the collateral can be reduced below the level that existed when the loan was granted.


                                   Trust Receipts
                                   Because of the inherent weakness of the blanket lien, another procedure for inven-
                                   tory financing has been developed—the security instrument (also called the trust
                                   receipt), which is an instrument acknowledging that the goods are held in trust for the
                                   lender. Under this method, the borrowing firm, as a condition for receiving funds
                                   from the lender, signs and delivers a trust receipt for the goods. The goods can be
                                   stored in a public warehouse or held on the premises of the borrower. The trust re-
                                   ceipt states that the goods are held in trust for the lender or are segregated on the
                                   borrower’s premises on the lender’s behalf, and that any proceeds from the sale of the
                                   goods must be transmitted to the lender at the end of each day. Automobile dealer fi-
                                   nancing is one of the best examples of trust receipt financing.
                                      One defect of trust receipt financing is the requirement that a trust receipt be is-
                                   sued for specific goods. For example, if the security is autos in a dealer’s inventory, the
                                   trust receipts must indicate the cars by registration number. In order to validate its
                                   trust receipts, the lending institution must send someone to the borrower’s premises
                                   periodically to see that the auto numbers are correctly listed because auto dealers who
                                   are in financial difficulty have been known to sell cars lacking trust receipts and then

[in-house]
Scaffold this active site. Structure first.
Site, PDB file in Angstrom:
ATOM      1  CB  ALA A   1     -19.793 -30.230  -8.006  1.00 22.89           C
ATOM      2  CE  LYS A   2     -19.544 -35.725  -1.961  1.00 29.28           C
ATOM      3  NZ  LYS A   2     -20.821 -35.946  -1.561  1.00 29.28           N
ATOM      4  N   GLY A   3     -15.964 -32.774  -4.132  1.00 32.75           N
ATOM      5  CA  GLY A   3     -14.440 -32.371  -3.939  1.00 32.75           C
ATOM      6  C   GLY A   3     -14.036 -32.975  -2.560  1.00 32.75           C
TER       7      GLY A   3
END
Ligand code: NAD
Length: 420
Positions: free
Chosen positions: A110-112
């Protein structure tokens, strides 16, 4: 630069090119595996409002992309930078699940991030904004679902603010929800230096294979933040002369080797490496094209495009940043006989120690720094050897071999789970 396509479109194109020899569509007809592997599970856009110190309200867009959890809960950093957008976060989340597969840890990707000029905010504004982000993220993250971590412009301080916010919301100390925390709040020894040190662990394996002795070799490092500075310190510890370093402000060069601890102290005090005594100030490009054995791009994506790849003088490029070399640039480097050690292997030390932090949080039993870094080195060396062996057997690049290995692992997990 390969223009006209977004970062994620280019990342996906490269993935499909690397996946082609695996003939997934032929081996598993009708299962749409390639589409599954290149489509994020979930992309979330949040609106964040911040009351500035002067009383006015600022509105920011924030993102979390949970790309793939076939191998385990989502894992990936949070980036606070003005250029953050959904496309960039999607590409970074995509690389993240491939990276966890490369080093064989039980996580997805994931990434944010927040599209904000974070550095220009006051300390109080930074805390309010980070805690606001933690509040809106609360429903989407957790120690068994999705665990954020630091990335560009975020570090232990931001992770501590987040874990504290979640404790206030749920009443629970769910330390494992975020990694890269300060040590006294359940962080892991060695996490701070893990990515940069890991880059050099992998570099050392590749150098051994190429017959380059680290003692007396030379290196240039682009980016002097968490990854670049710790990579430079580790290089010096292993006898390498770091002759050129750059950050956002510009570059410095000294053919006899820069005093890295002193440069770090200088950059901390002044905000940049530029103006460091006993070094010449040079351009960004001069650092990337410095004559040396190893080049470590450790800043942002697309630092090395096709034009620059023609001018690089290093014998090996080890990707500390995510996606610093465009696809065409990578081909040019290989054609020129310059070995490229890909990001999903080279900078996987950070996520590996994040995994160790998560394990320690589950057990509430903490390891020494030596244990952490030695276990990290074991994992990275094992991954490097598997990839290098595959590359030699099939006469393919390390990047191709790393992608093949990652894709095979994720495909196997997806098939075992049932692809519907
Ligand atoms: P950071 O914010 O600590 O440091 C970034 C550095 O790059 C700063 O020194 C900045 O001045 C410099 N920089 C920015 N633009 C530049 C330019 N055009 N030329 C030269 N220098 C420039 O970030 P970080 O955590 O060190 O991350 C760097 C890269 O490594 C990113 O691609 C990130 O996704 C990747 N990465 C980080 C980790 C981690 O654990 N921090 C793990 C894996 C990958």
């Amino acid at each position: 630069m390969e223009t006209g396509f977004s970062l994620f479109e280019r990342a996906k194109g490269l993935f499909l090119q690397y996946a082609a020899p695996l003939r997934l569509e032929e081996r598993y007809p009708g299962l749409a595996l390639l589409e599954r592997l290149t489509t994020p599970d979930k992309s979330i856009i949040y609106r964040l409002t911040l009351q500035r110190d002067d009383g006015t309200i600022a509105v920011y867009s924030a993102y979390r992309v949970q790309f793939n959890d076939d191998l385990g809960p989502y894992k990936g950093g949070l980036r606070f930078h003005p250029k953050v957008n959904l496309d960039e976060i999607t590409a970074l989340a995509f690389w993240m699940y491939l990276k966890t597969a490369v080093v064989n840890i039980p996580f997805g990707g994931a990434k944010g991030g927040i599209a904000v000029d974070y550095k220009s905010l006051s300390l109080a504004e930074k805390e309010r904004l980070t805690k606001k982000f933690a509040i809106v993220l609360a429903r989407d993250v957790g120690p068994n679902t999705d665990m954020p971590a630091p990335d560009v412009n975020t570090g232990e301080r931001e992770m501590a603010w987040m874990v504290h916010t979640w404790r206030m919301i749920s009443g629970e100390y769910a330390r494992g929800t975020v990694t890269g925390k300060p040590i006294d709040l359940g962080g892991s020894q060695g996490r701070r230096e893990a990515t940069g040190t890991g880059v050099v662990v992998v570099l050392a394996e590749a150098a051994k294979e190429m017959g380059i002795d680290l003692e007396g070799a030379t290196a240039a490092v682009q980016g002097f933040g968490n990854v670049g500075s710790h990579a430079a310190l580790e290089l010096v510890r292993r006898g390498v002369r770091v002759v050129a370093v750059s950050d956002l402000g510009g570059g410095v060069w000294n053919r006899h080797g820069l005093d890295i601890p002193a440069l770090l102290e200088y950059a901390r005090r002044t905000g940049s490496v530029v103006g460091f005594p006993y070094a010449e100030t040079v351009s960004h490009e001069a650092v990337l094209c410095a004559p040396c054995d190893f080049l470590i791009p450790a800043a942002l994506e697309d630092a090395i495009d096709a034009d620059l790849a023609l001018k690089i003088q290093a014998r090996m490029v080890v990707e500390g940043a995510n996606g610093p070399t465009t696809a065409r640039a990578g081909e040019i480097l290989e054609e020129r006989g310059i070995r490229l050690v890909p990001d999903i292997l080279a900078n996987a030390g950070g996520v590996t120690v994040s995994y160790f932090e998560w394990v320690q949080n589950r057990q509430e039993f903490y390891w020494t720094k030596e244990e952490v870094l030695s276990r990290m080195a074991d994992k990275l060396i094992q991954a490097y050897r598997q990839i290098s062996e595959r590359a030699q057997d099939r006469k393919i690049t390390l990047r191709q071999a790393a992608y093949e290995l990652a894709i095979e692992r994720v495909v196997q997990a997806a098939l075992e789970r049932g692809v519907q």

use the funds obtained for other operations rather than to repay the bank. Problems
                                   are compounded if the borrower has a number of different locations, especially if they
                                   are separated geographically from the lender. To offset these inconveniences, ware-
                                   housing has come into wide use as a method of securing loans with inventory.


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                                       Wa r e h o u s e R e c e i p t s
                                       Warehouse receipt financing is another way to use inventory as security. It is a method of
                                       financing that uses inventory as a security and that requires public notification, physi-
                                       cal control of the inventory, and supervision by a custodian of the field warehousing
                                       concern. A public warehouse is an independent third-party operation engaged in the
                                       business of storing goods. Items that must age, such as tobacco and liquor, are often fi-
                                       nanced and stored in public warehouses. Sometimes a public warehouse is not practi-
                                       cal because of the bulkiness of goods and the expense of transporting them to and from